As soon as Colorado's Senate race was called for Democratic Sen. Michael Bennet on Wednesday, the potential implication was apparent: Republicans had lost two Senate races they looked likely to win—Colorado and Nevada—in addition to the race they were expected to lose in Delaware. What do they have in common? In each case the Republican nominee was a Tea Party-affiliated insurgent, bolstered in the primary by national Tea Party enthusiasm over the establishment's preferred candidate. Does that mean the Tea Party cost the Republicans as many as three Senate seats?
AOL's Michael Cohen thinks so: "The harsh klieg lights of public scrutiny badly hurt Tea Party candidates. In Delaware and Nevada, Tea Party insurgents Christine O'Donnell and Sharron Angle cost the Republicans two seats that should have been easy pick-ups."
And, Politico reports that establishment Senate Republicans agree: "a bloc of prominent senators and operatives said party purists like Sarah Palin and Sen. Jim DeMint (R-S.C.) had foolishly pushed nominees too conservative to win in politically competitive states."
These statements are both somewhat true and simultaneously unprovable. Candidates such as Angle, O'Donnell, and Buck had weaknesses that may have cost them the elections. Each had at least some questionable aspects to their professional or political history: O'Donnell had made foolish statements as a young pundit, Angle had belonged to a fringe political party, and Buck had made some controversial decisions as a prosecutor. And each had extreme positions that may have been unpalatable for their state's more mainstream voters: Angle and Buck wanted to abolish the Department of Education, (Angle also had it in for the EPA), while O'Donnell's views on sexuality were retrograde. So, yes, any of those races might have gone better with a different candidate.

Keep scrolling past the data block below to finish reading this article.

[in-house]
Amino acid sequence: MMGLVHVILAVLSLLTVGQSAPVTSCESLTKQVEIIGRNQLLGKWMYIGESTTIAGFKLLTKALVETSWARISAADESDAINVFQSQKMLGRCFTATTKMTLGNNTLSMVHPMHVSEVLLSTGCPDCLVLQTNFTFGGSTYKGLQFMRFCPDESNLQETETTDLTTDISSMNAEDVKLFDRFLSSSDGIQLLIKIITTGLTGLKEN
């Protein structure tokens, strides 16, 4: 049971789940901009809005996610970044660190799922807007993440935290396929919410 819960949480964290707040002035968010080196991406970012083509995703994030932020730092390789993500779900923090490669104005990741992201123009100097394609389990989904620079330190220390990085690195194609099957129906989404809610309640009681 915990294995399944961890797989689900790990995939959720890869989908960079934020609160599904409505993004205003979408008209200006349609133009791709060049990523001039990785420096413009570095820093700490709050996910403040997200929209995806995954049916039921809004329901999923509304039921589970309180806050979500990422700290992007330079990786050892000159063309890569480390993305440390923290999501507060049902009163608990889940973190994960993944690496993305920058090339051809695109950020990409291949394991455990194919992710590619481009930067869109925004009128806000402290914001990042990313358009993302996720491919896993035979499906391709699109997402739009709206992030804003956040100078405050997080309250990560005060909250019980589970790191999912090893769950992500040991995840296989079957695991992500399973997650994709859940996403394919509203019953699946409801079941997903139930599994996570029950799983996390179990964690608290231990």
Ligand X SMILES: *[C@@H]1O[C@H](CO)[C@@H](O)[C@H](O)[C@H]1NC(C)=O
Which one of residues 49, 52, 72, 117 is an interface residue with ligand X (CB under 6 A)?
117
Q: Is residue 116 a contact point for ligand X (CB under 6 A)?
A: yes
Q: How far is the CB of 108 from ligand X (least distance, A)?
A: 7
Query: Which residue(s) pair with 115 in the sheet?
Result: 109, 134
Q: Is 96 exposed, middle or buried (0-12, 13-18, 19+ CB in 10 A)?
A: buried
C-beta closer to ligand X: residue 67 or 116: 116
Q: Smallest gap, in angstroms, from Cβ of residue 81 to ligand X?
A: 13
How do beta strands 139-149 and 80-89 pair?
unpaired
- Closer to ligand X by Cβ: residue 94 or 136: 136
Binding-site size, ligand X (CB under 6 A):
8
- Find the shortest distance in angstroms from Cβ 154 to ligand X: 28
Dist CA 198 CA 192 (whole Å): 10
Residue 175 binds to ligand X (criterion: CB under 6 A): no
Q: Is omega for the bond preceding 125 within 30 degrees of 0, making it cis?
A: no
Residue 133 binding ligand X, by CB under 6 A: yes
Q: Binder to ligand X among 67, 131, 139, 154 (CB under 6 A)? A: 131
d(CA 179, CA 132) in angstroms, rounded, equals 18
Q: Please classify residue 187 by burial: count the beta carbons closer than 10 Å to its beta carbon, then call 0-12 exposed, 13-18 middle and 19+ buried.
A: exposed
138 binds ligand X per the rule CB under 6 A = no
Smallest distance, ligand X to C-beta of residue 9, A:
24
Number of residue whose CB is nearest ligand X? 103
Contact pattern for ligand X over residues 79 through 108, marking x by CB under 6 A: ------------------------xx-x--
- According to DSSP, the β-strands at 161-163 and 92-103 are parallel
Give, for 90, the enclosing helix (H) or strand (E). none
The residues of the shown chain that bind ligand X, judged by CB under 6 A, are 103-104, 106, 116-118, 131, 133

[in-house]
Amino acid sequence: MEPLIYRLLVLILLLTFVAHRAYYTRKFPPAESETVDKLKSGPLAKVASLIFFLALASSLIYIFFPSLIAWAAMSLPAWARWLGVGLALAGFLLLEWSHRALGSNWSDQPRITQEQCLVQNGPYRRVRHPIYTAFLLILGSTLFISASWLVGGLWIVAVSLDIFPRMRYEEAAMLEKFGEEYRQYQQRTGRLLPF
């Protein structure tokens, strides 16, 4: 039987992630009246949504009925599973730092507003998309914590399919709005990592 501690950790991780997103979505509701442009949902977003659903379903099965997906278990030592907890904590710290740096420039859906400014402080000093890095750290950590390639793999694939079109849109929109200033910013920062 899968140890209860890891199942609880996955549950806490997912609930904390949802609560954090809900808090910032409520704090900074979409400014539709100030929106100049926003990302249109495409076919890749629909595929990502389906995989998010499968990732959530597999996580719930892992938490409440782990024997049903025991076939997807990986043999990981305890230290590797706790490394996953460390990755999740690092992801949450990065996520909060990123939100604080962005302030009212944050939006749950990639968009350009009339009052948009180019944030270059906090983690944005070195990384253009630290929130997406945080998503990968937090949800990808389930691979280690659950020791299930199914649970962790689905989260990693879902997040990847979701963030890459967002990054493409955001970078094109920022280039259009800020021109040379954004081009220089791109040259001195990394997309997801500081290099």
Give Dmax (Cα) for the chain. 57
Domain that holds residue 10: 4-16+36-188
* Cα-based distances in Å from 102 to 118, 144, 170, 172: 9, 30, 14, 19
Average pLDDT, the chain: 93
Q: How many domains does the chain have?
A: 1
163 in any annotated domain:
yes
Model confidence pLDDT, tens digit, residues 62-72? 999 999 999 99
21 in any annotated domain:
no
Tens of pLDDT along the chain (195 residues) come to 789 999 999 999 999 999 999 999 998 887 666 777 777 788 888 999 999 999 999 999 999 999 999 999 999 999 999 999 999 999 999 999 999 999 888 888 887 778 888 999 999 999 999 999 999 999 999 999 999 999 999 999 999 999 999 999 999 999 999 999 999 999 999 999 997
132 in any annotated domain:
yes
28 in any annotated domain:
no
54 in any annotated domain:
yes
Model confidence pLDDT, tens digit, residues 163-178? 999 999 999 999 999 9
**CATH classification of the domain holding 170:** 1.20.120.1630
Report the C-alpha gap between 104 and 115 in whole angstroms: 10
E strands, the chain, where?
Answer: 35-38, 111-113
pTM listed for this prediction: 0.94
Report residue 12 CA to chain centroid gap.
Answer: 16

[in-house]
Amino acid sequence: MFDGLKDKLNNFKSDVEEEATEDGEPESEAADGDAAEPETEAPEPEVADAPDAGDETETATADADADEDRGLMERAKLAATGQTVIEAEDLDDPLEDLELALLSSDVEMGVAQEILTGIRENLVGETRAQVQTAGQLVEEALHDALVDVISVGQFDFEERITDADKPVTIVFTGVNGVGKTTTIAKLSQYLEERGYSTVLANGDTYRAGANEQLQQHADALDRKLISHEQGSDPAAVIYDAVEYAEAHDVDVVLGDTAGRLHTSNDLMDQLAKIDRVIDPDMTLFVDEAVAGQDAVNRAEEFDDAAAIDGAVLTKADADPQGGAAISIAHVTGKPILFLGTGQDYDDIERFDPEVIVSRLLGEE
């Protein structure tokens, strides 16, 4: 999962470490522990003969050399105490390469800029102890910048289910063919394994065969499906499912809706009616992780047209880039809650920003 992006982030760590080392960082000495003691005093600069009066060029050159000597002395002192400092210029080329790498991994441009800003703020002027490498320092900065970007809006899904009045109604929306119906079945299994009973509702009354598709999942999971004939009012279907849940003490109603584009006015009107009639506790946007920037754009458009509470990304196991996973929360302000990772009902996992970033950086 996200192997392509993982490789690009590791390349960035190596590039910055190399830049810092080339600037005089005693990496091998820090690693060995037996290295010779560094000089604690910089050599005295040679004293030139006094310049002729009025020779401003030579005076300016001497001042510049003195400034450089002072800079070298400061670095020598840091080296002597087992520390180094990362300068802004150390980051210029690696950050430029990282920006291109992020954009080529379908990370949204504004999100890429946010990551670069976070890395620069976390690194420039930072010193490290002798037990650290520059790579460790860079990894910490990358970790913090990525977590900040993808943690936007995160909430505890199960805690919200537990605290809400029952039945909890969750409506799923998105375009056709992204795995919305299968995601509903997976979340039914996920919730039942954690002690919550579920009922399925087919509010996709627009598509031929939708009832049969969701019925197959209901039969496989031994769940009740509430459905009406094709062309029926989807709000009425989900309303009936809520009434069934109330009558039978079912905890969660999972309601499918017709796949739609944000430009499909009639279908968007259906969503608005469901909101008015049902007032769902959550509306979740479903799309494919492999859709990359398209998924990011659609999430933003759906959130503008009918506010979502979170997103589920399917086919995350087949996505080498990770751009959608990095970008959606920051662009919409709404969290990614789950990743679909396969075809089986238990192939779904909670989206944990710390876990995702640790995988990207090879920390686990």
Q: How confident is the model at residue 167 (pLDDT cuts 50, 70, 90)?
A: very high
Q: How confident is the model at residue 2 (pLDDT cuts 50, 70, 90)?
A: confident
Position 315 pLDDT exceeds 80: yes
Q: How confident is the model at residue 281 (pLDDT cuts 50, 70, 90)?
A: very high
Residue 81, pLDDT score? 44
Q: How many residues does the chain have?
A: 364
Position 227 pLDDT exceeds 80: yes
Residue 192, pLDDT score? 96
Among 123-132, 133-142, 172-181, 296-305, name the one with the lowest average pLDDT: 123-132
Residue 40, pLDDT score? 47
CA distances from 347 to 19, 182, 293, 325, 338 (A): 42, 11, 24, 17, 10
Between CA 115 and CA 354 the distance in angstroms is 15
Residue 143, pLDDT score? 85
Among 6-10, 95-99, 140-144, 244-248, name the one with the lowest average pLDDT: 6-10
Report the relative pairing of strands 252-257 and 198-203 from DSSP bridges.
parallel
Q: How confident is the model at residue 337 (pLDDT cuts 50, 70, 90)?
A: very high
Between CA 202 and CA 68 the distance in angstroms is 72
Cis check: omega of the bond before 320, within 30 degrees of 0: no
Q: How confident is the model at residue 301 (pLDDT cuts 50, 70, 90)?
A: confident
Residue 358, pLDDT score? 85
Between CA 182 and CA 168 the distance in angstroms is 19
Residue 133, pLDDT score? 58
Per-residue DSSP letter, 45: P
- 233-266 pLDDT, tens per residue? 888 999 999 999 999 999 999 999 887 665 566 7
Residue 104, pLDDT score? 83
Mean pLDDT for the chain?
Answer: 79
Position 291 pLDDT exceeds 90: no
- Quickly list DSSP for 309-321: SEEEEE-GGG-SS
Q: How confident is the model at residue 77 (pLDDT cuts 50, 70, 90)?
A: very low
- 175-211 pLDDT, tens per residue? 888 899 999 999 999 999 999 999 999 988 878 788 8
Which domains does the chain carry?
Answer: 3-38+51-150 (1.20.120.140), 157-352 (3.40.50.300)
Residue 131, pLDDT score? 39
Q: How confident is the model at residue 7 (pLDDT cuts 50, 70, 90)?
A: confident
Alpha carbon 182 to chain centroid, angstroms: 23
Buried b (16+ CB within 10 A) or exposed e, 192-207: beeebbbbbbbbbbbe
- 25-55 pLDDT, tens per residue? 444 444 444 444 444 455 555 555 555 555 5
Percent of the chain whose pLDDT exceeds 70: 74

But it's strange that people seem so ready to assume that the GOP would have unquestionably won all those races with any old mainstream Republican as the nominee. Sue Lowden in Nevada was the party establishment's choice, and she was not so impressive herself. She was widely mocked during the primaries for suggesting that the "replace" part of the Republicans' "repeal and replace" stance on health-care reform constitute bartering chickens for medical services. Would she have been able to beat Reid, who had delivered much for the Nevada business community and reaped their support in reward? Reid could have vastly outspent her, especially if Lowden lacked Angle's access to outside Tea Party fundraising.
Colorado and Delaware seem more certain. Rep. Mike Castle (R-Dela.) is popular in Delaware and given how close the Colorado race was, it seems plausible that Lt. Governor Jane Norton might have beaten Bennet. But that sort of counterfactual history is always just a guessing game. Norton has similarly staunch right-wing views to Buck, and there is no way of knowing what dynamics might have emerged in a general election with her as the nominee, especially if she had lacked the Tea Party support that Buck brought in from out of state.
All of this must be contrasted with the overall boost that Tea Party candidates tended to get. Jonathan Sides, a political scientist at George Washington University, examined whether the Democratic vote in a contested House districts was higher or lower if the Republican was affiliated with the Tea Party, controlling for partisanship of the district, the Democrat's 2008 share of the vote, fundraising, and incumbency. His findings? "On average, the Democratic vote in districts with Tea Party Republicans was 1.3 point lower....Thus, affiliation with the Tea Party helped Republicans."
To some extent this whole debate may be moot. Tea Partiers seem chastened by their experience with O'Donnell. Tea Party Patriots staffer Keli Carender says, regarding O'Donnell: "It's great to have candidates who support Tea Party principles, but you also need candidates who can win. That's a lesson us."